I sought this obscure film for quite awhile for exactly one reason: the writing credit for Terry Southern ("Candy," "The Magic Christian," "Easy Rider," "The Loved One," "Dr. Strangelove") in his prime. However, the screenplay is adapted from a novella, so Southern's satirical touch is somewhat subdued beyond the broadly drawn roles of James Earl Jones and Harris Yulin.
Stacy Keach (with a noticeable lip scar that may explain why he spent most of his career with a mustache) is Jacob Horner, a troubled introvert who graduates from college as the story opens. His first move is to walk straight to the train station and motionlessly stand by the tracks for what seems like days. Symbolic of his lack of direction, presumably. Finally, he is approached by "Dr. D" (Jones), a quack psychologist who runs an asylum nicknamed "The Farm." Dr. D rouses Horner out of his catatonia and takes him back to his institute. Once there, he whisks Horner to an intense therapy room (oddball slides and films projected all over the walls) and "treats" him with intentional, baiting antagonism. Jones' mugging in these encounter scenes is so ridiculously over the top that he's hard to watch. Not one of the actor's proudest moments. The doctor eventually sets up Horner as an English professor at a small, woodsy college. Here, the plot takes an odd turn and becomes unsatisfying. Academia is ripe for satire, but the trials of Horner's position are barely explored at all (perhaps the book details this better). Instead, the pivotal event is that Horner enters an affair with the wife of another professor (Yulin, also overacting for effect), a secret kook who indulges bizarre fantasies of being a fascist soldier. This dull love triangle essentially eats up all potential for further commentary on psychotherapy or college life, and seems to serve no purpose beyond leading to a mercilessly brutal depiction of a medical procedure. This was presumably controversial in its day and killed the film's chance for commercial success.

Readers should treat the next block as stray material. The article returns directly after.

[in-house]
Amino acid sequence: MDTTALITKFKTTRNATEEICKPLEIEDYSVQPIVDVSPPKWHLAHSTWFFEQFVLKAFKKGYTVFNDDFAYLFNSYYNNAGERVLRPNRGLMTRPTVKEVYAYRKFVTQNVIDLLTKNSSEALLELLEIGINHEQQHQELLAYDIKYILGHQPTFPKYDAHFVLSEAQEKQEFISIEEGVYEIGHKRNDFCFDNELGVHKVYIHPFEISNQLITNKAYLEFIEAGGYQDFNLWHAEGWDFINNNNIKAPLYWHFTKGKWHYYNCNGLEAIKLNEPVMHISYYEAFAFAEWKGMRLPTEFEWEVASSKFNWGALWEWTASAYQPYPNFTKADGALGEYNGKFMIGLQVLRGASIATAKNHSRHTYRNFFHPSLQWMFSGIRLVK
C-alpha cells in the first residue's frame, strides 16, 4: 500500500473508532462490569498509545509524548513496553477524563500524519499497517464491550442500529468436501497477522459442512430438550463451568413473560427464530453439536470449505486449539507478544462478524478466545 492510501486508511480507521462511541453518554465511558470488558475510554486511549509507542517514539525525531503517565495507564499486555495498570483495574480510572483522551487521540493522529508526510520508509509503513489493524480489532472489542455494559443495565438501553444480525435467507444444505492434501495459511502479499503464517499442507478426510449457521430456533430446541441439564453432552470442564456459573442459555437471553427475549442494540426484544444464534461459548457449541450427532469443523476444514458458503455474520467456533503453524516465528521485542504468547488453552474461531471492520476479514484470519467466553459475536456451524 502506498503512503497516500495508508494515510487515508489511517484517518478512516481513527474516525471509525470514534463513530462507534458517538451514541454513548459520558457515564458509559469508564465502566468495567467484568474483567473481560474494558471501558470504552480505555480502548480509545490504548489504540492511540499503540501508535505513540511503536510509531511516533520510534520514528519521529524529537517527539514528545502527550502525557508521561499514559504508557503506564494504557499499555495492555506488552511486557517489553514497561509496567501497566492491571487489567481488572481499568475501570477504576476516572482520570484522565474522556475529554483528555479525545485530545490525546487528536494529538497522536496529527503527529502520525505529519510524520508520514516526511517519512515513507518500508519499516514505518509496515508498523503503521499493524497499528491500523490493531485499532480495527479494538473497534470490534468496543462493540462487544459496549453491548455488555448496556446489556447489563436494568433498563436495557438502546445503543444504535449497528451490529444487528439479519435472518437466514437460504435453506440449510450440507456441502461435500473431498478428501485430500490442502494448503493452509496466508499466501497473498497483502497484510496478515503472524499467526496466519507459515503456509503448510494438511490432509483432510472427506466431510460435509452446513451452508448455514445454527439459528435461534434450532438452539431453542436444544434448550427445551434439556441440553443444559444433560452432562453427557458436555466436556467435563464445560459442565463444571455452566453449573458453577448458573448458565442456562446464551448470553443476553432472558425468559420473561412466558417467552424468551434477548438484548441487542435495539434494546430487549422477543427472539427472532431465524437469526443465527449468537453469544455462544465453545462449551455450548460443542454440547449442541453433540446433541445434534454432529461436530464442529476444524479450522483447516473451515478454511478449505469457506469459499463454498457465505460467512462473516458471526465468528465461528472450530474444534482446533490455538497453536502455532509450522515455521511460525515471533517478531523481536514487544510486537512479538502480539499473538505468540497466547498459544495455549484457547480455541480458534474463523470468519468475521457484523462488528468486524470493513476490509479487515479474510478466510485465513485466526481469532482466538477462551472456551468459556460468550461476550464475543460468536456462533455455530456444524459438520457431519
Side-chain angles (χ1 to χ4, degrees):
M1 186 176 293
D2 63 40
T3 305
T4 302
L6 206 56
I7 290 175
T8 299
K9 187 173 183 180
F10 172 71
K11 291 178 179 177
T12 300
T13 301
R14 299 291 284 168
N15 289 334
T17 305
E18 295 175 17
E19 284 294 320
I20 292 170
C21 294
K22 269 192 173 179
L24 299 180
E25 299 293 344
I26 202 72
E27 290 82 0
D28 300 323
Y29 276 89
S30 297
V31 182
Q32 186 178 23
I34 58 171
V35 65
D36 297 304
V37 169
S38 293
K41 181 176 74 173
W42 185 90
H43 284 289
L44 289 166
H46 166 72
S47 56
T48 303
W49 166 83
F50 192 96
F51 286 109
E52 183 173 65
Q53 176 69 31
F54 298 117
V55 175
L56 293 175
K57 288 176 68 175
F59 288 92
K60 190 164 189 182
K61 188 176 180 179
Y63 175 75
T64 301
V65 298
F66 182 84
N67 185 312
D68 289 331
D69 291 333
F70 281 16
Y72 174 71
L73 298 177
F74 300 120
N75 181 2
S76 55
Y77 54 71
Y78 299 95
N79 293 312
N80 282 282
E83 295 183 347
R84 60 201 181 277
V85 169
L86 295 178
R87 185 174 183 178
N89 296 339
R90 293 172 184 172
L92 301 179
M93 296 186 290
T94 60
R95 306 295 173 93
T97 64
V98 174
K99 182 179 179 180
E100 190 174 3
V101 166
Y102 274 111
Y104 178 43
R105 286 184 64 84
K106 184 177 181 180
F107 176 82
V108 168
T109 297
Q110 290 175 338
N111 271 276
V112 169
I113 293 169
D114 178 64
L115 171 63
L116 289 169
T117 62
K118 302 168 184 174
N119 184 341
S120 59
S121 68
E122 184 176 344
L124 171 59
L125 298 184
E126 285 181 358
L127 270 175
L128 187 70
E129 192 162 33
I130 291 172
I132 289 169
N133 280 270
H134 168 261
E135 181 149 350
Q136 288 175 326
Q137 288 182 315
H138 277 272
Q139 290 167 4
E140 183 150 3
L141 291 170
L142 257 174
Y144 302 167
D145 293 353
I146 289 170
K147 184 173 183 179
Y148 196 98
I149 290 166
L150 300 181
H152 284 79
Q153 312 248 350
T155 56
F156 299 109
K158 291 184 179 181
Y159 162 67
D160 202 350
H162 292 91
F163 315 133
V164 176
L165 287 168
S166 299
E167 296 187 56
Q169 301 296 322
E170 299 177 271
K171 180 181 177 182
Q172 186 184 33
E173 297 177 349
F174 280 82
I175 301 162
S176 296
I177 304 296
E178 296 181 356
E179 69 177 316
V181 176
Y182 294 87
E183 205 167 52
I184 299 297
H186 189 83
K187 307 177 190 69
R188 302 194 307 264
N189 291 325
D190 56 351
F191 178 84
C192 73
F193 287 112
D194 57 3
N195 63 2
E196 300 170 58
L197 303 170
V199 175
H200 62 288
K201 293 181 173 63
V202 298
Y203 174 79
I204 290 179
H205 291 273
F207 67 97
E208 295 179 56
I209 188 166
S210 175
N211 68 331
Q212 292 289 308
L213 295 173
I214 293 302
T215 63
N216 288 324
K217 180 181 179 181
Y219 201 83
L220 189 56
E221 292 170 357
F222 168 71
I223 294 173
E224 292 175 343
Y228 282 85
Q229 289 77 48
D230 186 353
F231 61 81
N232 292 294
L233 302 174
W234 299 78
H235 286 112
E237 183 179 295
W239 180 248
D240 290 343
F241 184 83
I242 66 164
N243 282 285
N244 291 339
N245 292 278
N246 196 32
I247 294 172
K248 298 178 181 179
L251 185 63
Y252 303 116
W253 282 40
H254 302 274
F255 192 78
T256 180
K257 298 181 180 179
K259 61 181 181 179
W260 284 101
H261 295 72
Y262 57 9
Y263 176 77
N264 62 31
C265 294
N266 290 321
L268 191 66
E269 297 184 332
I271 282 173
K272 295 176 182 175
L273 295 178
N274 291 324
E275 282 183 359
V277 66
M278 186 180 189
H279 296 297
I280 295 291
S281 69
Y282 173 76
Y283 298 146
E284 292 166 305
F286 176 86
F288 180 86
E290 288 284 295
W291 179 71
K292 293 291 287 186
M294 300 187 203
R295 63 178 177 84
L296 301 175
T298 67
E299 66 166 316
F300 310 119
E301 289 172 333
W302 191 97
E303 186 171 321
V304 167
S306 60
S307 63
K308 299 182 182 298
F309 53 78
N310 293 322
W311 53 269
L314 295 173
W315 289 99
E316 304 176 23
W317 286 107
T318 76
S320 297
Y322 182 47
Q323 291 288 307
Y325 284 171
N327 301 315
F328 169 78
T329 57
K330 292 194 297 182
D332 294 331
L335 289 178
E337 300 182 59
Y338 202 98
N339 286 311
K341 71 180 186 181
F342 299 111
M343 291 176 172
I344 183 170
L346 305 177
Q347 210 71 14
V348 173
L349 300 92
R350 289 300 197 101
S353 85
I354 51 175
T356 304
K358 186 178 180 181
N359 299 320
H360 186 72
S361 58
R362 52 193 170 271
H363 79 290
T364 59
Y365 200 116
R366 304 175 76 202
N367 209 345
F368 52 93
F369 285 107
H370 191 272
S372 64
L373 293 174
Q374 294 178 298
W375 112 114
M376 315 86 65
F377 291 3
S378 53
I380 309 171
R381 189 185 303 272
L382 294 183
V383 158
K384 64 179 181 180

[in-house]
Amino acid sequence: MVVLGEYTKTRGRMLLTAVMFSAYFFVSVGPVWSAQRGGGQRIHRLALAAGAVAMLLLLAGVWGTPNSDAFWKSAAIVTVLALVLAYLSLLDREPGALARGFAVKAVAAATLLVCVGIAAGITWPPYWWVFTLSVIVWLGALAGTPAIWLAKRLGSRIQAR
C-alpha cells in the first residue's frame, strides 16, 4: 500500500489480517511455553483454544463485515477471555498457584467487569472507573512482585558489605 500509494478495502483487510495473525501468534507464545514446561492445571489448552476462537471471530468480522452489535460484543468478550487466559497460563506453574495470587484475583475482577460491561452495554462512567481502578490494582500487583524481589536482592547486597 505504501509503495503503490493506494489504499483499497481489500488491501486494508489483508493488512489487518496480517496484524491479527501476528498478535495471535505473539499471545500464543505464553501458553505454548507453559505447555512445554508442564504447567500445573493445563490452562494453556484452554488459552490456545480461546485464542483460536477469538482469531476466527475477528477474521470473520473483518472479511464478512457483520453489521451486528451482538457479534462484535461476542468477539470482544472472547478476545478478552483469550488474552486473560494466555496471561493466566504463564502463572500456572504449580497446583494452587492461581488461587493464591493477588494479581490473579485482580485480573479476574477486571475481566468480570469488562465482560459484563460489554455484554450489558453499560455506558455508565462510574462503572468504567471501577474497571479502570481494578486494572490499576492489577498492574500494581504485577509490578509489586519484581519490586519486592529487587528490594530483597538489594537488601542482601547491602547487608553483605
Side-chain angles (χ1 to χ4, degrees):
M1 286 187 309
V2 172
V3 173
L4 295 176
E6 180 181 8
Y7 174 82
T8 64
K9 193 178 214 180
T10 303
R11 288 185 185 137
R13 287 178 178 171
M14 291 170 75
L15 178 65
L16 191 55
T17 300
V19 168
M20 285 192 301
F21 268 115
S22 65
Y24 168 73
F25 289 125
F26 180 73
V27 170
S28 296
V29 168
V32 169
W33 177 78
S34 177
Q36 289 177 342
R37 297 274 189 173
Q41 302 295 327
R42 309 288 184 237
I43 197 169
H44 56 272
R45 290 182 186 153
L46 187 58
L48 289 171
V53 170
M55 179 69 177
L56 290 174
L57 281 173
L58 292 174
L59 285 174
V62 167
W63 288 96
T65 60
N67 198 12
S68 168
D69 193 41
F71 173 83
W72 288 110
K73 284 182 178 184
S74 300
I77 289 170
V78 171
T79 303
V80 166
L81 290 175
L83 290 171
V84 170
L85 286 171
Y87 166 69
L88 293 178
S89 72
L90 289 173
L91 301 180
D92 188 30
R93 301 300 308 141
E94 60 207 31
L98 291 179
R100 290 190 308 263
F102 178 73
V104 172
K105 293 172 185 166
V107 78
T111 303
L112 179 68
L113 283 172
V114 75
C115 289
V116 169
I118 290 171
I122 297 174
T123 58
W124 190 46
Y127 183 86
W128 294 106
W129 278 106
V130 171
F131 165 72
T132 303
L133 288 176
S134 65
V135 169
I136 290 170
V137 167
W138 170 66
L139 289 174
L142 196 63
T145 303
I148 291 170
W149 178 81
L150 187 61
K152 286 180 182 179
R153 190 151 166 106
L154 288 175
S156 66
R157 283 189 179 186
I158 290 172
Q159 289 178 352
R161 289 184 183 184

Director Aram Avakian (who only directed four other films) indulges in plenty of dated New Wave-influenced montages, incorporating topical news footage and perversely colored renderings of the American flag. A jazzed-up Bach score is quite effective, though.